Race and the Cultural Industries

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Author: Anamik Saha

Publisher: John Wiley & Sons

ISBN: 1509505342

Category: Social Science

Page: 240

View: 1434

Studies of race and media are dominated by textual approaches that explore the politics of representation. But there is little understanding of how and why representations of race in the media take the shape that they do. How, one might ask, is race created by cultural industries? In this important new book, Anamik Saha encourages readers to focus on the production of representations of racial and ethnic minorities in film, television, music and the arts. His interdisciplinary approach combines critical media studies and media industries research with postcolonial studies and critical race perspectives to reveal how political economic forces and legacies of empire shape industrial cultural production and, in turn, media discourses around race. Race and the Cultural Industries is required reading for students and scholars of media and cultural studies, as well as anyone interested in why historical representations of 'the Other' persist in the media and how they are to be challenged.

Transformations

Thinking Through Feminism

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Author: Sara Ahmed

Publisher: Psychology Press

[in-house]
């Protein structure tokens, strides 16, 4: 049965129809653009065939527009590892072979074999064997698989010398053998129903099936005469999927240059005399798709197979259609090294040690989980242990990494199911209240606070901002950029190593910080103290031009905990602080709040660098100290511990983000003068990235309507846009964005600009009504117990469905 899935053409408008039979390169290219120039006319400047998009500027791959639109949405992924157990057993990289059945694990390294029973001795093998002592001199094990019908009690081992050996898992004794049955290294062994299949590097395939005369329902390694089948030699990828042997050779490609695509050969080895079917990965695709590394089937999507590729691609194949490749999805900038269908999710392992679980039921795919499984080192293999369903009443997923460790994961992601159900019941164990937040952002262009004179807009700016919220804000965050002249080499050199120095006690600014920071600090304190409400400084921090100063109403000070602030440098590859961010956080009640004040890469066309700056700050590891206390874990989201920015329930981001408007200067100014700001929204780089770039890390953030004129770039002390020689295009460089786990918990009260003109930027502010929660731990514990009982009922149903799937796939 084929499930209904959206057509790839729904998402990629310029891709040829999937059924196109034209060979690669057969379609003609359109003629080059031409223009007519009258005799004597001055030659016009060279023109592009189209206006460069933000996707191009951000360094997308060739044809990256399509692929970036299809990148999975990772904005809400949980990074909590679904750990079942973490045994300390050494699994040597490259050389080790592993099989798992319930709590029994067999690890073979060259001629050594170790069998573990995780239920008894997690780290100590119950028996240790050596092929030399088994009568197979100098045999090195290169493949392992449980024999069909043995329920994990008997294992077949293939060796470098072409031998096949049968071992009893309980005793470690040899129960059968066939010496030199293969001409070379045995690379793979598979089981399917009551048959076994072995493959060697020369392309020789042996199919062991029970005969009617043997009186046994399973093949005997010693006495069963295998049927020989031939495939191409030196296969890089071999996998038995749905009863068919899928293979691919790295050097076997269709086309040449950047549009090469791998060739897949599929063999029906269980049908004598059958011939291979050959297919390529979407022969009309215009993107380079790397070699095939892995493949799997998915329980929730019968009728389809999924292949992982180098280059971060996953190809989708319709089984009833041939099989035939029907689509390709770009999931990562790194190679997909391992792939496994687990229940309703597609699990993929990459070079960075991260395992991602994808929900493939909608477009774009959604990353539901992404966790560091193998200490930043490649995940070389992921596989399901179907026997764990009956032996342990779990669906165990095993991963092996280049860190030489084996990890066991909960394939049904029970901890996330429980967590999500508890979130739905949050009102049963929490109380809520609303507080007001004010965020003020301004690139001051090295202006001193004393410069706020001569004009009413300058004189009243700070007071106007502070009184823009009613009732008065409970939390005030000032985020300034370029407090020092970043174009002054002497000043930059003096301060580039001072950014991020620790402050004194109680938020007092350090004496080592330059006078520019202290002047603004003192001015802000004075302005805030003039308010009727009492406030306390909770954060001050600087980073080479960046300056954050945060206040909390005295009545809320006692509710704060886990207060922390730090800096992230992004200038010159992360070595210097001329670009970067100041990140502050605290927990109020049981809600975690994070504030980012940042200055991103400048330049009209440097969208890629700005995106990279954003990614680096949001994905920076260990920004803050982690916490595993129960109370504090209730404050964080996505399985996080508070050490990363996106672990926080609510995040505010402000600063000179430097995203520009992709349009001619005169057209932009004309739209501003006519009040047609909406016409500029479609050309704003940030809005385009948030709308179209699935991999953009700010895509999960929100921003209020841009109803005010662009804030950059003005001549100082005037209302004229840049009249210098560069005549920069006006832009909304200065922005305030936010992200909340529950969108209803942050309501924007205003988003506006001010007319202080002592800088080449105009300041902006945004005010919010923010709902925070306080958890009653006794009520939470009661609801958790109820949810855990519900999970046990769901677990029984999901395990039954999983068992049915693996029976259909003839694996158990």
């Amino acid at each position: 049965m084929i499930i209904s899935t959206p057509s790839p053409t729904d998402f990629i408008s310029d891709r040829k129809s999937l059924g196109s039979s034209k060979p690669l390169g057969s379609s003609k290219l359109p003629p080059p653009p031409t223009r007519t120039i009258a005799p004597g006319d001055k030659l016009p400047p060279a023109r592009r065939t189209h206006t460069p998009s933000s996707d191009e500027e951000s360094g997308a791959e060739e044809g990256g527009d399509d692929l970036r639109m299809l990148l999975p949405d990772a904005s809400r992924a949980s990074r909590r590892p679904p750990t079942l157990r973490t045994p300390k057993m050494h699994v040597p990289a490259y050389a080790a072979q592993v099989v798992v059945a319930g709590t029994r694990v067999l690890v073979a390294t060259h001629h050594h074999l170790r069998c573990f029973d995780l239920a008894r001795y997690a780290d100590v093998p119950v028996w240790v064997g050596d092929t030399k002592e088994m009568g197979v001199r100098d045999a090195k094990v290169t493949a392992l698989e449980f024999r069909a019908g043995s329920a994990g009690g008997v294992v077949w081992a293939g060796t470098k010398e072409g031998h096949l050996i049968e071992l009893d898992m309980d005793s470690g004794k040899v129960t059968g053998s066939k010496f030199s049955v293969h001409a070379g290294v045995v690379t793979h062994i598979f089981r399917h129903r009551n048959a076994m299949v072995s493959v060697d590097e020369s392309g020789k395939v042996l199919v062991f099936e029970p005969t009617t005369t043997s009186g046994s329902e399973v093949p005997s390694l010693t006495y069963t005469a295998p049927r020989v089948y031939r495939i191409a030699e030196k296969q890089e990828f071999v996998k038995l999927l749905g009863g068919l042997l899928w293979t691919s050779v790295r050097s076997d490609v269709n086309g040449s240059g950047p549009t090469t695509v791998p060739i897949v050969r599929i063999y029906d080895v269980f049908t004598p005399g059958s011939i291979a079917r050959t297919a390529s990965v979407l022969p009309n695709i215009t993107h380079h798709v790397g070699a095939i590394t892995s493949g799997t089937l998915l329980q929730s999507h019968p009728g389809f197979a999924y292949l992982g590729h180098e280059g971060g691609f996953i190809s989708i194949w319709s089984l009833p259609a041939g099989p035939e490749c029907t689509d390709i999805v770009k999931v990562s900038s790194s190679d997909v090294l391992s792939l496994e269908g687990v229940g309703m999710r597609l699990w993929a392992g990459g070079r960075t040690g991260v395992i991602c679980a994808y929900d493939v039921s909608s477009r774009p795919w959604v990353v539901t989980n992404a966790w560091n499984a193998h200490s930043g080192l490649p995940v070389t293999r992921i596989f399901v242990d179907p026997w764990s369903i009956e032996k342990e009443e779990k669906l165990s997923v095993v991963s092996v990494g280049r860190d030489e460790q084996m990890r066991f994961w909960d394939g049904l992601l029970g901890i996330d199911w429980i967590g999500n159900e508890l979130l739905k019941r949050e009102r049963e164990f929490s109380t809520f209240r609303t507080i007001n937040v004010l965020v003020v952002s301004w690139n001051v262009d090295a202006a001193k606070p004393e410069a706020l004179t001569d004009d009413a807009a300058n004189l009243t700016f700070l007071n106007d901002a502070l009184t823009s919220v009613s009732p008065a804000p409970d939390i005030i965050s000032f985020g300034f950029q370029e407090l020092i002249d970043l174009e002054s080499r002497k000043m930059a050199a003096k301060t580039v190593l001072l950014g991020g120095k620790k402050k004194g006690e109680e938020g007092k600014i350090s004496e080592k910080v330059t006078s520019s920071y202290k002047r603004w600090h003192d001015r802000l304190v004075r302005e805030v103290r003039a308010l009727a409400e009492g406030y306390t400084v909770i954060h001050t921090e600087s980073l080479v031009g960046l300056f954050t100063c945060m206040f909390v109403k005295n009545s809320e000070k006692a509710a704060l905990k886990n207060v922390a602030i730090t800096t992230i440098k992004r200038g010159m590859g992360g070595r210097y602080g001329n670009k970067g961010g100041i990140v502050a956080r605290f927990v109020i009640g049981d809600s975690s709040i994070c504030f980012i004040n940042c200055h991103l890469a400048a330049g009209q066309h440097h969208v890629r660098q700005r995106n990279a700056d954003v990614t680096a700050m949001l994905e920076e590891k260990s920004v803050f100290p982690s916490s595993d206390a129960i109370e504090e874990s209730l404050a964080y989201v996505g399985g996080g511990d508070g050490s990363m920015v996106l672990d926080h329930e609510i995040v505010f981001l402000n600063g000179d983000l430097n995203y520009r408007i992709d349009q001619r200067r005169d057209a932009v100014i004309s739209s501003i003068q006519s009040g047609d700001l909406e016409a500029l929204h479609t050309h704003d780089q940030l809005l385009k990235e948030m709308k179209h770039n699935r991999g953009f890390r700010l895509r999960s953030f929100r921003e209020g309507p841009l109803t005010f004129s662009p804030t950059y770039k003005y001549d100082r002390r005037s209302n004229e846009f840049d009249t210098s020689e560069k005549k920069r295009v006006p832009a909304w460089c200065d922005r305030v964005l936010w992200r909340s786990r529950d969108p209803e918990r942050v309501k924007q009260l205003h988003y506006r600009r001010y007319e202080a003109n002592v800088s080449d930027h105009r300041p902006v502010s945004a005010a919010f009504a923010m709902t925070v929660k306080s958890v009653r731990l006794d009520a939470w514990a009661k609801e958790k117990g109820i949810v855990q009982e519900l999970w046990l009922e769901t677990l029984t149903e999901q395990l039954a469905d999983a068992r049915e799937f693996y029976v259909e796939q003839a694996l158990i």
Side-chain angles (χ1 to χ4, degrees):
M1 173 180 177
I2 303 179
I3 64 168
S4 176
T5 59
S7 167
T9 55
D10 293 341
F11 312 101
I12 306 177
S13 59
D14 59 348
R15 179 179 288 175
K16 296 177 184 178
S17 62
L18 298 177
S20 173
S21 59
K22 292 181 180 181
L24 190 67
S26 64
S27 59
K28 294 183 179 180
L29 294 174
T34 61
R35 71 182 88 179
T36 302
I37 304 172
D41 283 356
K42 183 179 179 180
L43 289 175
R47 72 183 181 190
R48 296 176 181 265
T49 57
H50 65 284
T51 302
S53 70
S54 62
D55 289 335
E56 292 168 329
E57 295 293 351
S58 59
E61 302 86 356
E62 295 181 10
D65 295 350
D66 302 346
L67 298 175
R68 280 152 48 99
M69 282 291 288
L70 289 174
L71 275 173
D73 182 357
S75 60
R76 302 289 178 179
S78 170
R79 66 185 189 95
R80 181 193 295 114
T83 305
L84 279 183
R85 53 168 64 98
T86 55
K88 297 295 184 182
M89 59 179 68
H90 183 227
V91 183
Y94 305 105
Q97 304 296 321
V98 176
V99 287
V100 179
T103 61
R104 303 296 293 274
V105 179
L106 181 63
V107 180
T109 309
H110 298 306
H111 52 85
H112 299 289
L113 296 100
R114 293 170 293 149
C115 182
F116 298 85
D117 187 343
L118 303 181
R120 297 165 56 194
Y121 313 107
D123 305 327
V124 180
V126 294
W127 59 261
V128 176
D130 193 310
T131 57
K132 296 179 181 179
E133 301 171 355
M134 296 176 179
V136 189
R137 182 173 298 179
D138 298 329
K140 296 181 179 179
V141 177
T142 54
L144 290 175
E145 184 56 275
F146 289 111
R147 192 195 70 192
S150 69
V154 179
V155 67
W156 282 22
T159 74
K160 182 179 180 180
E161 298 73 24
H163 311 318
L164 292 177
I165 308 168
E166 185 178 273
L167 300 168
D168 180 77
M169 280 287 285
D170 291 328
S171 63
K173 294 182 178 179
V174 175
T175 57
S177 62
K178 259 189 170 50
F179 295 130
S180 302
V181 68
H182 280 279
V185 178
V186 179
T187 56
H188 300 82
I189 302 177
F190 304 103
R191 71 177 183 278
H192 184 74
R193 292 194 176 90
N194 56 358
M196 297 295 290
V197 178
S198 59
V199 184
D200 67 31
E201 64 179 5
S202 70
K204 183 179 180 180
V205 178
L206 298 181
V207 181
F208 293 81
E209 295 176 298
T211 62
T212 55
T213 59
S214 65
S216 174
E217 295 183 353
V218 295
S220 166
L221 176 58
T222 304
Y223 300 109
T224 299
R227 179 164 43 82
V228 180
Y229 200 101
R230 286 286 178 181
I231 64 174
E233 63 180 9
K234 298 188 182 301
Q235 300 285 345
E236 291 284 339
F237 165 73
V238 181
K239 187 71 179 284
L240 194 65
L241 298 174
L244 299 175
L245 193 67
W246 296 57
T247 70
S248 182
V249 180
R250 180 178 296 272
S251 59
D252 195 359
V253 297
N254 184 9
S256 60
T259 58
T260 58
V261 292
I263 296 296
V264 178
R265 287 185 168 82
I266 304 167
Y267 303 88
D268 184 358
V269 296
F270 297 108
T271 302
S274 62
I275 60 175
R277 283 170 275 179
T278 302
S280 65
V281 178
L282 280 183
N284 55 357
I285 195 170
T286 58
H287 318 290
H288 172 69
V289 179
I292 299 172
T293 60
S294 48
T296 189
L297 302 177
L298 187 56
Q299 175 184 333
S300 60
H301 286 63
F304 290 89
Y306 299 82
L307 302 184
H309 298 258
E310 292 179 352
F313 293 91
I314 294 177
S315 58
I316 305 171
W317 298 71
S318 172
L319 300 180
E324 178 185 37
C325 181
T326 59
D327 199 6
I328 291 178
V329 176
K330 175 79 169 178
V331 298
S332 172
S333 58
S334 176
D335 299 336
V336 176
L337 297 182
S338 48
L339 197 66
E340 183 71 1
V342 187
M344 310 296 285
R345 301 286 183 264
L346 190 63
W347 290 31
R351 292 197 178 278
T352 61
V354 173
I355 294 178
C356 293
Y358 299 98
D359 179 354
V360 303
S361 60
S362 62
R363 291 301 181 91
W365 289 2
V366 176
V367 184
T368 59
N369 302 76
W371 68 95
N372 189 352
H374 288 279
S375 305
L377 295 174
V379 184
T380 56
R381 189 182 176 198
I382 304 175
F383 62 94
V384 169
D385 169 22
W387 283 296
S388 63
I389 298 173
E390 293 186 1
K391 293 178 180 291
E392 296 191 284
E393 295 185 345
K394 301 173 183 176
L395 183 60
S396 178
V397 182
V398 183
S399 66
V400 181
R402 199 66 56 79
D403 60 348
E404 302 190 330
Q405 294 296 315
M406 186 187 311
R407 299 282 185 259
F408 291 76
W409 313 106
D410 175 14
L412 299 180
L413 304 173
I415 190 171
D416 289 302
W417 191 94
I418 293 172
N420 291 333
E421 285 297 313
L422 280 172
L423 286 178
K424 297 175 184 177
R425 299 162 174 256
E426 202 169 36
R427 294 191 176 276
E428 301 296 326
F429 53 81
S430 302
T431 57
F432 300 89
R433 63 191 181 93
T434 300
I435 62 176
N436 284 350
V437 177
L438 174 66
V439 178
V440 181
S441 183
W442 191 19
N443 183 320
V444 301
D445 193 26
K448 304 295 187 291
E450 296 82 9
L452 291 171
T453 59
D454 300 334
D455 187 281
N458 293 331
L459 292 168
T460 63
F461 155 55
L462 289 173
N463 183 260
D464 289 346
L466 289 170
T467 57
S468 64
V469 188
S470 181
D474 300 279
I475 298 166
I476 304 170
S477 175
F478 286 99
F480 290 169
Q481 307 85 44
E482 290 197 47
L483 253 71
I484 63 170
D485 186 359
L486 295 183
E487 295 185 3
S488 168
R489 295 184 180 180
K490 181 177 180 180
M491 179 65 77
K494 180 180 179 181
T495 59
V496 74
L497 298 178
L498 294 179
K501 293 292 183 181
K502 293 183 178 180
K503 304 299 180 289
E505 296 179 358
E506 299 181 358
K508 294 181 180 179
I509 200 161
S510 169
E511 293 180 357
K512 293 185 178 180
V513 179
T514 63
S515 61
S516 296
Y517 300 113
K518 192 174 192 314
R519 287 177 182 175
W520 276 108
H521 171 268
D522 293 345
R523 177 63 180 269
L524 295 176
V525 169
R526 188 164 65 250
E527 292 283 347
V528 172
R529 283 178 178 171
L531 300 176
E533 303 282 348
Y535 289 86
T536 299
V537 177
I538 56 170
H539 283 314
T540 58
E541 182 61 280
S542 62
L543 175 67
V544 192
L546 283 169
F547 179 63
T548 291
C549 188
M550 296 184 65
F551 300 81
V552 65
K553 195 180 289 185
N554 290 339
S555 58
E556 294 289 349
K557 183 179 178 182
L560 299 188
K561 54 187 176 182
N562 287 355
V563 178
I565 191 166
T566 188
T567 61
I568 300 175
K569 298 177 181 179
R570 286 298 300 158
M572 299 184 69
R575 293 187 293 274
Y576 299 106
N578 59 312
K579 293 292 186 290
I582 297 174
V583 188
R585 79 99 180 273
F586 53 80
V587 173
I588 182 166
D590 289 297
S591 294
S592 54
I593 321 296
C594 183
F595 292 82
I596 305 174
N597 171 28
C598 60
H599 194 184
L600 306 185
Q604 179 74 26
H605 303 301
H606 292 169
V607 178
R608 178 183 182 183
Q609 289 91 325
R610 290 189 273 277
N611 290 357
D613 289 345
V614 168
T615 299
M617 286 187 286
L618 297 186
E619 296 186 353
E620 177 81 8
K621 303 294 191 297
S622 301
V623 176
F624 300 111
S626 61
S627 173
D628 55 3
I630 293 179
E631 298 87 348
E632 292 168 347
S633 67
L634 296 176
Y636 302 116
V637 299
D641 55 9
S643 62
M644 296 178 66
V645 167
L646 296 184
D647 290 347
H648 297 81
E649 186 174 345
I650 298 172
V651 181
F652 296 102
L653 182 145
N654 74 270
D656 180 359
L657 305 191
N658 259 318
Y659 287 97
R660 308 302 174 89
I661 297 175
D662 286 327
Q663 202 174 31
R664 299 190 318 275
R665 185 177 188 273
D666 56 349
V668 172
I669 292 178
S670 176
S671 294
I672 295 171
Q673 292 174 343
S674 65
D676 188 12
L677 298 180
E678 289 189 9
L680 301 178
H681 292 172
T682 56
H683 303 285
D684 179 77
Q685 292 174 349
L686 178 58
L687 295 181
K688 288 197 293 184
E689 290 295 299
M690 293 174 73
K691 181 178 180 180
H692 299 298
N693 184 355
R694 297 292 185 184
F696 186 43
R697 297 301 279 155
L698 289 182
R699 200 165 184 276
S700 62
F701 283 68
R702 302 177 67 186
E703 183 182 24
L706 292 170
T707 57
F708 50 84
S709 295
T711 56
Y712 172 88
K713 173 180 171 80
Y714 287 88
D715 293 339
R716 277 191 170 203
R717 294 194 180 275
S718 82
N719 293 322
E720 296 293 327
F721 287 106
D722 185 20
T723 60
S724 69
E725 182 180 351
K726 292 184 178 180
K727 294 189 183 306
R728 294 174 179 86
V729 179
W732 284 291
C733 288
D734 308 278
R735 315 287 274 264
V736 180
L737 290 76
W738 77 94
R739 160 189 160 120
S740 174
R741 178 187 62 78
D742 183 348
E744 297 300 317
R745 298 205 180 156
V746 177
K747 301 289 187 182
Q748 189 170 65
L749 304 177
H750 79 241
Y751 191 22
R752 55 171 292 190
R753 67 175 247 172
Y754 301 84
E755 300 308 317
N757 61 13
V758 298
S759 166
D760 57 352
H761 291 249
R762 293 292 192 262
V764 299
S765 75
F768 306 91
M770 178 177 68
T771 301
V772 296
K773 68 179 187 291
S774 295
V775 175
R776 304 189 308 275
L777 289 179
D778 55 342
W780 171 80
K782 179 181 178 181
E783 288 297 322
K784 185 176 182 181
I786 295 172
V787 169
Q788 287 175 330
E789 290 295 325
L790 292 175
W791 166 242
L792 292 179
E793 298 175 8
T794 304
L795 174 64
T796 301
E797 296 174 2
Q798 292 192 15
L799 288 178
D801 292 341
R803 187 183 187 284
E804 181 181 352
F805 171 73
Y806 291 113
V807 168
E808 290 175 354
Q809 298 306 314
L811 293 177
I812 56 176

ISBN: 9780415220675

Category: Social Science

Page: 341

View: 3672

With contributions from some of the most important current feminist thinkers, Transformations traces both the shifts in thinking that have allowed feminism to arrive at its present point, and the way that feminist agendas have progressed in line with wider social developments. A thorough reassessment of feminism's place in contemporary life, the authors engage in current debates as diverse as globalization, technoscience, embodiment and performativity, taking feminism in fresh directions, mapping new territory and suggesting alternative possibilities.

Racism in the Canadian University

Demanding Social Justice, Inclusion, and Equity

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Author: Frances Henry,Carol Tator

Publisher: University of Toronto Press

ISBN: 1442693363

Category: Social Science

Page: 192

View: 8542